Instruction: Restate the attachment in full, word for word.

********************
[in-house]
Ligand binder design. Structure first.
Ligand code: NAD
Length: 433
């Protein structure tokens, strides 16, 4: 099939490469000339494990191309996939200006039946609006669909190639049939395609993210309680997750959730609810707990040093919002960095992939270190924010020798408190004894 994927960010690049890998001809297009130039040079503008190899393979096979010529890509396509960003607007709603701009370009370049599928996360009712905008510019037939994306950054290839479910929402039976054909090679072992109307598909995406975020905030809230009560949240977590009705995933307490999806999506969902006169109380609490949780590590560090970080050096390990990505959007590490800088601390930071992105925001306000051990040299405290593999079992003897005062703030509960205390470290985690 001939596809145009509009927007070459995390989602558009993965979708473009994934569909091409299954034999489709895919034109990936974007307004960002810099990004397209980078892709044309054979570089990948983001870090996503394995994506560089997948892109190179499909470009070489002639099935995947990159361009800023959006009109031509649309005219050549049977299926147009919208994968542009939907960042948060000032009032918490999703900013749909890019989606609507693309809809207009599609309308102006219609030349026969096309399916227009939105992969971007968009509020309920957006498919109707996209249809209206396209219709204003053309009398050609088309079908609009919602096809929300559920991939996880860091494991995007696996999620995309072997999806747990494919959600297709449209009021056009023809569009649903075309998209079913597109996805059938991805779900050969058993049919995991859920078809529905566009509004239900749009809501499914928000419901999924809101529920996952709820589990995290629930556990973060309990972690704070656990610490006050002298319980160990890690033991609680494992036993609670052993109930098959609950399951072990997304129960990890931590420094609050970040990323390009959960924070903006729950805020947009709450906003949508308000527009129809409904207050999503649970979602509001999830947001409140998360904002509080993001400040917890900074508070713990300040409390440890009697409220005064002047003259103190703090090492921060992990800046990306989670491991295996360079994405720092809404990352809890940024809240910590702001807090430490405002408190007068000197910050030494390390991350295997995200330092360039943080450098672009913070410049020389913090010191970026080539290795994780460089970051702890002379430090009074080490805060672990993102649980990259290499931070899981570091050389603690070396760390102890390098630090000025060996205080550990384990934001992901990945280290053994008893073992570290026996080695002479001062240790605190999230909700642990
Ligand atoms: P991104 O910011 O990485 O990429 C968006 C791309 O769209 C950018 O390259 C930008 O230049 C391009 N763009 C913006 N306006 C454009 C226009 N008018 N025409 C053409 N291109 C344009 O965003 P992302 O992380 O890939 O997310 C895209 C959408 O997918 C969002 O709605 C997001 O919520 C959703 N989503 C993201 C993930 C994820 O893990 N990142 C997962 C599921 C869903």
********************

[in-house]
Ligand binder design. Structure first.
Ligand code: NAD
Length: 433
């Protein structure tokens, strides 16, 4: 099939490469000339494990191309996939200006039946609006669909190639049939395609993210309680997750959730609810707990040093919002960095992939270190924010020798408190004894 994927960010690049890998001809297009130039040079503008190899393979096979010529890509396509960003607007709603701009370009370049599928996360009712905008510019037939994306950054290839479910929402039976054909090679072992109307598909995406975020905030809230009560949240977590009705995933307490999806999506969902006169109380609490949780590590560090970080050096390990990505959007590490800088601390930071992105925001306000051990040299405290593999079992003897005062703030509960205390470290985690 001939596809145009509009927007070459995390989602558009993965979708473009994934569909091409299954034999489709895919034109990936974007307004960002810099990004397209980078892709044309054979570089990948983001870090996503394995994506560089997948892109190179499909470009070489002639099935995947990159361009800023959006009109031509649309005219050549049977299926147009919208994968542009939907960042948060000032009032918490999703900013749909890019989606609507693309809809207009599609309308102006219609030349026969096309399916227009939105992969971007968009509020309920957006498919109707996209249809209206396209219709204003053309009398050609088309079908609009919602096809929300559920991939996880860091494991995007696996999620995309072997999806747990494919959600297709449209009021056009023809569009649903075309998209079913597109996805059938991805779900050969058993049919995991859920078809529905566009509004239900749009809501499914928000419901999924809101529920996952709820589990995290629930556990973060309990972690704070656990610490006050002298319980160990890690033991609680494992036993609670052993109930098959609950399951072990997304129960990890931590420094609050970040990323390009959960924070903006729950805020947009709450906003949508308000527009129809409904207050999503649970979602509001999830947001409140998360904002509080993001400040917890900074508070713990300040409390440890009697409220005064002047003259103190703090090492921060992990800046990306989670491991295996360079994405720092809404990352809890940024809240910590702001807090430490405002408190007068000197910050030494390390991350295997995200330092360039943080450098672009913070410049020389913090010191970026080539290795994780460089970051702890002379430090009074080490805060672990993102649980990259290499931070899981570091050389603690070396760390102890390098630090000025060996205080550990384990934001992901990945280290053994008893073992570290026996080695002479001062240790605190999230909700642990
Ligand atoms: P991104 O910011 O990485 O990429 C968006 C791309 O769209 C950018 O390259 C930008 O230049 C391009 N763009 C913006 N306006 C454009 C226009 N008018 N025409 C053409 N291109 C344009 O965003 P992302 O992380 O890939 O997310 C895209 C959408 O997918 C969002 O709605 C997001 O919520 C959703 N989503 C993201 C993930 C994820 O893990 N990142 C997962 C599921 C869903």